Ambiguous Drafting Leads to Litigation over Definition of a Decedent's "Heirs at Law" under Florida Law
Karasek v. William J. Lamping Trust, 2005 WL 2086183 (Fla. 4th DCA August 31, 2005) (Trial Court Reversed)
Precise drafting is the single most effective barrier against costly probate litigation. What makes estate planning documents especially challenging for attorneys is that the careful drafter needs to consider the very real possibility that the Will or Trust he or she drafts today could become a disputed matter decades in the future (or even hundreds of years in the future under Florida's new rule against perpetuities statute, see F.S. § 689.225). That's what happened in this case. A Will that was executed in 1967 became the subject of litigation in 2003 . . . 36 years after the date it was signed!
The 1967 Will contained a "default" clause common to any well drafted Will. Essentially, the document directed that in the event the testator's children predeceased his surviving spouse, upon the death of his surviving spouse the trust corpus was to be distributed to the "heirs" of his deceased children. What was unclear was whether the 1967 definition of heirs was applicable or the 2003 definition of heirs was applicable. The Fourth District Court of Appeals ruled that under Florida law the presumption is that the testator intended the term "heirs at law" to be construed under the statutes in existence at the time the Will was executed, i.e., 1967.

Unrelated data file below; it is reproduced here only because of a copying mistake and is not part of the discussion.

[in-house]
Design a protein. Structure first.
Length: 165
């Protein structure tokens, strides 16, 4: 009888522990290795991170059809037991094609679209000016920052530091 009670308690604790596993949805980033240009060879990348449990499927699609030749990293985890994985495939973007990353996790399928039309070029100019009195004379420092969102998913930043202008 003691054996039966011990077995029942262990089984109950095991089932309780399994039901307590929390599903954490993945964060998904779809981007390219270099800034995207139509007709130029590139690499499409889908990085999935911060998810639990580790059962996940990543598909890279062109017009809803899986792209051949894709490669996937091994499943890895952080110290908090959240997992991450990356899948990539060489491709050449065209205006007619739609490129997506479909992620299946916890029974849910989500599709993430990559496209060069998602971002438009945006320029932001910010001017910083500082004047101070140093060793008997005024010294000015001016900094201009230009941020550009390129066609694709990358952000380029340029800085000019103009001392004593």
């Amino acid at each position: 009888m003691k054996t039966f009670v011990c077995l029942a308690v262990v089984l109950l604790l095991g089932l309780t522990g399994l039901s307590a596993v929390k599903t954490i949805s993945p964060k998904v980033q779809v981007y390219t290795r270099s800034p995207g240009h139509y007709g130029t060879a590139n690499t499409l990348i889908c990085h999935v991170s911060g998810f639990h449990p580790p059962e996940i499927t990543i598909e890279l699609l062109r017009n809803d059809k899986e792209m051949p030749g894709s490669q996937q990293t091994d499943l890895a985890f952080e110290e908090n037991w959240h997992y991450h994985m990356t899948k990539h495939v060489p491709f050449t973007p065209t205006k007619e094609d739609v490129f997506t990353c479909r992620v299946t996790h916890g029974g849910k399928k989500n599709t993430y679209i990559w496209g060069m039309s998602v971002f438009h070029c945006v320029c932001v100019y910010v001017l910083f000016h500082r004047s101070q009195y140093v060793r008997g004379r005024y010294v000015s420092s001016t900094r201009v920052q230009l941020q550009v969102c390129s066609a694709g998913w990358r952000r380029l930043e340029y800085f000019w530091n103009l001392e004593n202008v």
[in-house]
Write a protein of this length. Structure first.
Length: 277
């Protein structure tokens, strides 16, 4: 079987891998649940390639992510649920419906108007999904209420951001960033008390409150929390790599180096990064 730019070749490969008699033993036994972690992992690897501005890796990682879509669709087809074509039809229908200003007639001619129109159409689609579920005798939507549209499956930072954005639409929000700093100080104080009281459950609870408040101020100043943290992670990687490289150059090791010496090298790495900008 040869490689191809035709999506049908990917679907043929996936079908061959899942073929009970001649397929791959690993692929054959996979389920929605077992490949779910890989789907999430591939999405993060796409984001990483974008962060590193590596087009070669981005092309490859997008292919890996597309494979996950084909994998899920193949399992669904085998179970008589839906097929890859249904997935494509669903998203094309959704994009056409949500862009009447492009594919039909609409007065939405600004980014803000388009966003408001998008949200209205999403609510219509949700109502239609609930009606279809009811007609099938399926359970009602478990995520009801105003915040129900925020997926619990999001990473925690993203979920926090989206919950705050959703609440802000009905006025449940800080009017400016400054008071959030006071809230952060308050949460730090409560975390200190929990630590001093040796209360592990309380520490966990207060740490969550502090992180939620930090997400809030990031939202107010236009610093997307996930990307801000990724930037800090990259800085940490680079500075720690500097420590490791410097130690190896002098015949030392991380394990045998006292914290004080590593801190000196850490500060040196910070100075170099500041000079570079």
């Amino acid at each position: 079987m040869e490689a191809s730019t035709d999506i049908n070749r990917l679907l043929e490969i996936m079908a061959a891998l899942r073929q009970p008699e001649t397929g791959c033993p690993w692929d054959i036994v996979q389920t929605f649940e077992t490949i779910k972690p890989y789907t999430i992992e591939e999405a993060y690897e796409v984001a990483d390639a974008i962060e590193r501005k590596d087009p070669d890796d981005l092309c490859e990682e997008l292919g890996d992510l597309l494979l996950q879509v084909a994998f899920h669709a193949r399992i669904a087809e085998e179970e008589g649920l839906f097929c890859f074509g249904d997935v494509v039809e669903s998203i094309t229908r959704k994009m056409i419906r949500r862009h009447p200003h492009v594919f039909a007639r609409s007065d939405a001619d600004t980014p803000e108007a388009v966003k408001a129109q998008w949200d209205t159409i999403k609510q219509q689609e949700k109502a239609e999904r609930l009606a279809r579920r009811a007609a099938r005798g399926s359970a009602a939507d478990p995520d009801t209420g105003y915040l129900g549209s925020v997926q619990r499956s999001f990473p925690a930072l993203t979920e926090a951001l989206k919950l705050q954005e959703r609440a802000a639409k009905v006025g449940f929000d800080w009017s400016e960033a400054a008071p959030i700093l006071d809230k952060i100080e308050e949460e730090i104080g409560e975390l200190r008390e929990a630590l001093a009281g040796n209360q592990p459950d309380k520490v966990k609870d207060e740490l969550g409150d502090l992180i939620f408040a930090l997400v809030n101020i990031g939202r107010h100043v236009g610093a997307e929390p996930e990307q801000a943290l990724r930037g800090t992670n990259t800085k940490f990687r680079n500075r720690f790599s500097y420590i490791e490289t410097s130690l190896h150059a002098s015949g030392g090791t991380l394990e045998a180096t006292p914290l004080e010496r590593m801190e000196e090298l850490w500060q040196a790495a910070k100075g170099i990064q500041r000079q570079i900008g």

The entire dispute could have been avoided if the default clause had stated what law was applicable, as the following example does:
If any property is subject to this article under another provision of this Trust Agreement, the Trustee shall distribute that property to my heirs at law determined under Florida law then in effect as if I had died intestate and unmarried on that date as a resident of Florida.